The Niyamgiri Movement is a grassroots people’s movement against exploitative corporation. It is a tale of resistance against neo-colonialism, nation-building, cultural discrimination and environmental racism.
This is not and should not be social distancing to its full extent and we should probably stop calling it that. Keep the distancing physical, but let the social solidarity thrive.
Those who had earlier visited Shaheen Bagh to show solidarity seemed concerned that the virus would spread because of the women and make society ‘unsafe’.
The government needs to use social media and television platforms as it has done today in the grips of COVID 19. We need to prepare our population to conserve water on the same war footing to resist water crisis.
If female participation showed a negative trend in times of poor yet evolving health capacities, then what would the condition of female workforce participation be, after India survived the menace of Covid-19?
This is why the 21-day lockdown is a critical test of who is fittest. We cannot let this manxiety that goes on to fuel a feminist coup, become the status quo.
The Coronavirus pandemic among other things, such as the lack of empathy for all, in an individualist capitalist society like ours, brought to surface many other prejudices about how we conceptualise health.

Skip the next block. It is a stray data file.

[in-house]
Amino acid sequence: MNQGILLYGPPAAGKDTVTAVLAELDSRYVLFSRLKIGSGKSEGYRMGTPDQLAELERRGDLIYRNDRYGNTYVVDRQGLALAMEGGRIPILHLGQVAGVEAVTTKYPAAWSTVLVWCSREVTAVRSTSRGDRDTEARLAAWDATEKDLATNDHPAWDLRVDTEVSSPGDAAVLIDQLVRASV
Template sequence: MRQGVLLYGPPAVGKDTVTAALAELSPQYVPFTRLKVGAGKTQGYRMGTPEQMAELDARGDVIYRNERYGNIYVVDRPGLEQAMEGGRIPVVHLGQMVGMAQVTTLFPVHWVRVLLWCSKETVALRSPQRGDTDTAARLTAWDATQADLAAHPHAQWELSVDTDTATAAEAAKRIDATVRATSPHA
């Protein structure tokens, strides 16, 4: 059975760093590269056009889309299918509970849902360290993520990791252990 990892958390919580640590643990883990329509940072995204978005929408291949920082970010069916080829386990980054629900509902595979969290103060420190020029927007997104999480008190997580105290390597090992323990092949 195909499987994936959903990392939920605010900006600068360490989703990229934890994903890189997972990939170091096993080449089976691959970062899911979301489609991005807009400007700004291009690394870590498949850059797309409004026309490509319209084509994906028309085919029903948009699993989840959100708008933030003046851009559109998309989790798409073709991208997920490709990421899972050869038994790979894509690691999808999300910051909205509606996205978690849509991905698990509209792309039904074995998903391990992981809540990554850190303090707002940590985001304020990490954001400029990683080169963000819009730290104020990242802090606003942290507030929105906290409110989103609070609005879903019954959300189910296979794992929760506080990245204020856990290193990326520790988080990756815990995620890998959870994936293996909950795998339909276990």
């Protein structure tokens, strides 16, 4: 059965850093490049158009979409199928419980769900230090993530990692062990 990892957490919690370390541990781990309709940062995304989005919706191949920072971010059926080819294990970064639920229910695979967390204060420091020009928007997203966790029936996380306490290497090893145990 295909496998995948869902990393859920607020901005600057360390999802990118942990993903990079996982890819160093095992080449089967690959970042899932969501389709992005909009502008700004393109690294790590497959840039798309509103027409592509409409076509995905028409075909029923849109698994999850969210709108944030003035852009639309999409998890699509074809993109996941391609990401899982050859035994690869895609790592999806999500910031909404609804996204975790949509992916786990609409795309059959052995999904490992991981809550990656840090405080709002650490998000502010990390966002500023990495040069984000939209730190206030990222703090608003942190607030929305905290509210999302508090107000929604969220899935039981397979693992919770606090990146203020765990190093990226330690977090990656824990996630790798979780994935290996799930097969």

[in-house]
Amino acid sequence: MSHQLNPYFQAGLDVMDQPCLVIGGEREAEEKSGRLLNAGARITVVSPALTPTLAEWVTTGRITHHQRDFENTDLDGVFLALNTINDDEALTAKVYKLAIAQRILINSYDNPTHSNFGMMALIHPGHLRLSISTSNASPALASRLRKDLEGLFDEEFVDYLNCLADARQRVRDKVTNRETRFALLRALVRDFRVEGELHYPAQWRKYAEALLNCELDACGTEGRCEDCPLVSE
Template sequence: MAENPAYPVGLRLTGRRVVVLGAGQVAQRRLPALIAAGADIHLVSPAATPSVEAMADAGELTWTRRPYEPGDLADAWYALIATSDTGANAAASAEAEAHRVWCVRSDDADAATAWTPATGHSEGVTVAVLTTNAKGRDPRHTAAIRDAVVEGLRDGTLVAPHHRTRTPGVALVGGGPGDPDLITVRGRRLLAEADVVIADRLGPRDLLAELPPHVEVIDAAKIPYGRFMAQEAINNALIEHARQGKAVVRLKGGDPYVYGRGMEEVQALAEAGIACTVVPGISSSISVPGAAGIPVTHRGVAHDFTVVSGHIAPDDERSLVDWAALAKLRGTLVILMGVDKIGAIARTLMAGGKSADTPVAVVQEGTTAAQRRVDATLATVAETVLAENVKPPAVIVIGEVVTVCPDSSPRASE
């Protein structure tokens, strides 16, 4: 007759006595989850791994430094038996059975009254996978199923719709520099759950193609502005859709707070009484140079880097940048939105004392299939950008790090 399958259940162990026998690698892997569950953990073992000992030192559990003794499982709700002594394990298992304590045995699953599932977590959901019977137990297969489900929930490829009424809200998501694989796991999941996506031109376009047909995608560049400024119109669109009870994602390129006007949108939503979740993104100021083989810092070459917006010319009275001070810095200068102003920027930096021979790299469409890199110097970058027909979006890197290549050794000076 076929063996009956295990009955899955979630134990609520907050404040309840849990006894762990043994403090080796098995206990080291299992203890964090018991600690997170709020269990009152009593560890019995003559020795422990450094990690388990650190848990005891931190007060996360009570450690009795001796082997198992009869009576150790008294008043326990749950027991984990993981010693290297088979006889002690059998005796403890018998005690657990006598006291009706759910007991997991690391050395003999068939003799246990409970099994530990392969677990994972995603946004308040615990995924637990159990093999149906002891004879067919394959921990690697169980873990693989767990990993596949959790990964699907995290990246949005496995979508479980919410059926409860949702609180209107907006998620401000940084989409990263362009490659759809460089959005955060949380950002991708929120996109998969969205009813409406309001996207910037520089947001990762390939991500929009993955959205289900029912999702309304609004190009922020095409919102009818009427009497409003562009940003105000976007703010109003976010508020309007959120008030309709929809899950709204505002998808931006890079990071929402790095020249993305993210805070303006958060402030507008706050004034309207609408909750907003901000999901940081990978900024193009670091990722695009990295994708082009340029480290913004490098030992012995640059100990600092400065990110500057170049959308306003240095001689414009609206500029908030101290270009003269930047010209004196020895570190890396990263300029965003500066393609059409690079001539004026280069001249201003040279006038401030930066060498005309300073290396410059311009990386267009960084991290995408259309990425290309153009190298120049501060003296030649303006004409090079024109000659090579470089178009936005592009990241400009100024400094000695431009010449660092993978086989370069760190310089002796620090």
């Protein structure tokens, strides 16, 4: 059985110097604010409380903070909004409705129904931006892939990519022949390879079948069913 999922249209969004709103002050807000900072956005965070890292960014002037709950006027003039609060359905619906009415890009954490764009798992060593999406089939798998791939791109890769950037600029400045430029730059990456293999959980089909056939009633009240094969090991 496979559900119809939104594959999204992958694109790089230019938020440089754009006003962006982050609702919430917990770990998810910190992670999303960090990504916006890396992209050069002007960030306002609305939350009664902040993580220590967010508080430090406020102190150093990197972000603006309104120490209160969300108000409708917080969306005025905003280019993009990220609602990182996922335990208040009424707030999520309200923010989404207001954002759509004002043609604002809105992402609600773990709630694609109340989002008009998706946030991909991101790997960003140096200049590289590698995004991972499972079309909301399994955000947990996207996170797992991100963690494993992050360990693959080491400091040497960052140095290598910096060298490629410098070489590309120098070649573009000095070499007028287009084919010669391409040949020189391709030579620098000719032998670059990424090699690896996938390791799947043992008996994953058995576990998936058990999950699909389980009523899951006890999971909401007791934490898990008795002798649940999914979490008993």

Roman Polanski is a controversial director who has been charged with multiple cases of sexual assault and rape over the past 40 or so years across both Europe, as well as the United States.
The novel Coronavirus disease (COVID-19) outbreak has become a breeding site of gender inequality with social distancing measures that threaten to relegate women to their gendered roles as caregivers. The state response to the outbreak has been inadequate to address the safety, health, and economic inequalities that would pinch women the hardest. If India is to combat and recover from the social and economic impacts of this outbreak, it needs to take a look at gender.
While Coronavirus is a dangerous pandemic at hand, Kumble’s comments brings to light the carelessness with which Dalit bodies have been dealt by the state for years.